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US Forest Service, BLM steal water rights


Historical Temperature Trends in Antarctica

Pages from antarctica_trends

Global warming strands Russian research ship in Antarctic ice

“The Snow Dragon icebreaker came within 7 miles of the Russian ship MV Akademik Shokalskiy, which has been stuck since Christmas Eve, but had to retreat after the ice became too thick, said expedition spokesman Alvin Stone.” click here

Karl Rove’s American Crossroads ‘thugs’ will waste $$millions more of donors money in Kentucky and elsewhere

Why would any donor support Karl Rove’s organization when it clearly has a corrupt anti-American citizen agenda? Tea Party or not, any thinking person of any degree of intelligence would see through his charade.

American Crossroads is focused like a laser on making Mr. Rove a lot of money while he continues to lose elections and snub American citizens.  (click here)


Drinking water aluminum has a very low bioavailability

Robert A. Yoke, Susan S. Rhineheimer, Russell D. Brauer, Pankaj Sharma, David Elmore, Patrick J. McNamara. Aluminum bioavailability from drinking water is very low and is not appreciably influenced by stomach contents or water hardness. Toxicology, Volume 161, Issues 1–2, 21 March 2001, Pages 93–101.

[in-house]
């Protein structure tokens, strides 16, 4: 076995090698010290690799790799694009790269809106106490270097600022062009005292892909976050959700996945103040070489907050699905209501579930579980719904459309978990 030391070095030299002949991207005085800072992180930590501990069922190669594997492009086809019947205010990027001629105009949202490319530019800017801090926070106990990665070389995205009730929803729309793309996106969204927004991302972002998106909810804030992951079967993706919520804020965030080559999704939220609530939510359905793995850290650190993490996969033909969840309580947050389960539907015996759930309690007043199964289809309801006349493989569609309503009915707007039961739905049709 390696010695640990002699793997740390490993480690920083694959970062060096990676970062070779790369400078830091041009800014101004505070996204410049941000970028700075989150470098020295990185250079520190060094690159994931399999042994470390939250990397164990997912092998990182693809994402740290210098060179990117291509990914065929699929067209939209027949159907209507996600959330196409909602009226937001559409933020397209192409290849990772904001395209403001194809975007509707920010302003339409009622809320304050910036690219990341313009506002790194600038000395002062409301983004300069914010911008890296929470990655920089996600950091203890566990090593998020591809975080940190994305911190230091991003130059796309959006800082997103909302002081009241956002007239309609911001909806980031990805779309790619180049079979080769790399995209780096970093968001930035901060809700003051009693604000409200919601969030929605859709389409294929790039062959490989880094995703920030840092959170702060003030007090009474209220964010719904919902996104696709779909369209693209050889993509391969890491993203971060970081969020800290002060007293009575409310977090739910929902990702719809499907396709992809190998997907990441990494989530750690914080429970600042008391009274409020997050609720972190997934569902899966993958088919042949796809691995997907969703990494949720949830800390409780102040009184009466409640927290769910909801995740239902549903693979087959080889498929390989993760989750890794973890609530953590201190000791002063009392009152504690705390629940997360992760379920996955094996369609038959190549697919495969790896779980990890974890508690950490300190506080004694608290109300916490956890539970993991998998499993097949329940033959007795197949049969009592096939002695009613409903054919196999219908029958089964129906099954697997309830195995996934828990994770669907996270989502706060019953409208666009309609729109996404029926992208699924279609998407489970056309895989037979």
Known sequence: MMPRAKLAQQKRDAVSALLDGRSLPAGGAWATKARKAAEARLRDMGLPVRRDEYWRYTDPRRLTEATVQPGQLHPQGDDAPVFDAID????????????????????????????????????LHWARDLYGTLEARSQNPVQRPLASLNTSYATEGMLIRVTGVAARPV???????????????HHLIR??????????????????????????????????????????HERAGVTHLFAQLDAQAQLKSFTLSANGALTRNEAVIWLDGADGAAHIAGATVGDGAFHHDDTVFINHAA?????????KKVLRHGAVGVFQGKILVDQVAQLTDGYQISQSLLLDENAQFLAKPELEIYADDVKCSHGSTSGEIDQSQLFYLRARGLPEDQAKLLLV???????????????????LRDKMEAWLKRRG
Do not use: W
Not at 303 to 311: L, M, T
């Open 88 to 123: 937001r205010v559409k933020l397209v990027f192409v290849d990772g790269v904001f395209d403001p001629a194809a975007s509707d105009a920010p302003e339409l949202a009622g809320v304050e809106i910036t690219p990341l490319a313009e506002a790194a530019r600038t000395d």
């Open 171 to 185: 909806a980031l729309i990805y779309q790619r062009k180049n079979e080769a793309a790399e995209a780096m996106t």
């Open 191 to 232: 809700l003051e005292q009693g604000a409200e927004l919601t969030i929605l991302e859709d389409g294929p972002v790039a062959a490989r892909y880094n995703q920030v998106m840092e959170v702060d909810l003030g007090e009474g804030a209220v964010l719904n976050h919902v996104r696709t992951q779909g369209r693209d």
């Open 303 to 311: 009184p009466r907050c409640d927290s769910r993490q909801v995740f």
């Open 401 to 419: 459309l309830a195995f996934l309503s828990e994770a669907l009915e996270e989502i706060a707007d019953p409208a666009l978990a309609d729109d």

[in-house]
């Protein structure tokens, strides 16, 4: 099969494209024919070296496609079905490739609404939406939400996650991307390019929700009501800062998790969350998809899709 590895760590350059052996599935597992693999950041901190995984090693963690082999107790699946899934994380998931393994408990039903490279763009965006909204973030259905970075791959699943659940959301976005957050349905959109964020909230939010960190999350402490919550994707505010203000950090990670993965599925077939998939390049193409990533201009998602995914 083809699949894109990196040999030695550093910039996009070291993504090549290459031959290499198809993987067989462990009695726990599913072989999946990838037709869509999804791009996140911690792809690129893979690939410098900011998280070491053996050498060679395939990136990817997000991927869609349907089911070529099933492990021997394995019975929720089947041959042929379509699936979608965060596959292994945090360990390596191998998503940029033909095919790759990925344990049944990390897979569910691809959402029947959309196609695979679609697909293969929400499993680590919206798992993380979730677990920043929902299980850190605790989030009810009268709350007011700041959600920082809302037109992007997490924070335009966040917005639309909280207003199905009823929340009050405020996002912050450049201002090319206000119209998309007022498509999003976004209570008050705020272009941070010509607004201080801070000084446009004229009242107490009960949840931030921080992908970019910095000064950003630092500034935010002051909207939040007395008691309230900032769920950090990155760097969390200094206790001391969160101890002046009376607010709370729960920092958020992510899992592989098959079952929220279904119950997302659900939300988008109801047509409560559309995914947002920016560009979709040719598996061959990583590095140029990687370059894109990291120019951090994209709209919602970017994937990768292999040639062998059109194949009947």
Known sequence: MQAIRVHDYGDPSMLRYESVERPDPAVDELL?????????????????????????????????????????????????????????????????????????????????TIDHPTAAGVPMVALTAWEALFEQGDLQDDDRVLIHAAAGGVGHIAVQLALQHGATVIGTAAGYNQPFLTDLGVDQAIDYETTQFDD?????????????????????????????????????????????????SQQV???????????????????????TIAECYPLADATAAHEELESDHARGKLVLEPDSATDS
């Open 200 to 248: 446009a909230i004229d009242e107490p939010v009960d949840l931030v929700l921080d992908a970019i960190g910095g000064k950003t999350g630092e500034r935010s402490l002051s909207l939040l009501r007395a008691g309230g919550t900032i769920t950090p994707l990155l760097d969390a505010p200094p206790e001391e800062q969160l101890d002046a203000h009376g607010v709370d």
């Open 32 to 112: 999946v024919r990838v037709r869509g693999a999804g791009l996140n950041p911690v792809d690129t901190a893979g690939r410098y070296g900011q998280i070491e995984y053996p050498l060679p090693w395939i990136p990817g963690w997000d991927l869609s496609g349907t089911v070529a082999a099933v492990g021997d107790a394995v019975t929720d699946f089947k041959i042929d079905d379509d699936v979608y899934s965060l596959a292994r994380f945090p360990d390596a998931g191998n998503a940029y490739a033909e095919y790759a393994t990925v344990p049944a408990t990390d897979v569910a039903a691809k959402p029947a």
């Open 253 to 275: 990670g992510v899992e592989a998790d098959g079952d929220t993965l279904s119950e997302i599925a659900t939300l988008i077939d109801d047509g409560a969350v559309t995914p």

The objectives were to estimate aluminum (Al) oral bioavailability under conditions that model its consumption in drinking water, and to test the hypotheses that stomach contents and co-administration of the major components of hard water affect Al absorption. Rats received intragastric 26Al in the absence and presence of food in the stomach and with or without concomitant calcium (Ca) and magnesium (Mg) at concentrations found in hard drinking water. The use of 26Al enables the study of Al pharmacokinetics at physiological Al concentrations without interference from 27Al in the environment or the subject. 27Al was intravenously administered throughout the study. Repeated blood withdrawal enabled determination of oral26Al bioavailability from the area under its serum concentration×time curve compared to serum 27Al concentration in relation to its infusion rate. Oral Al bioavailability averaged 0.28%. The presence of food in the stomach and Ca and Mg in the water that contained the orally dosed 26Al appeared to delay but not significantly alter the extent of 26Al absorption. The present and published results suggest oral bioavailability of Al from drinking water is very low, about 0.3%. The present results suggest it is independent of stomach contents and water hardness.

Click here for full paper (fee).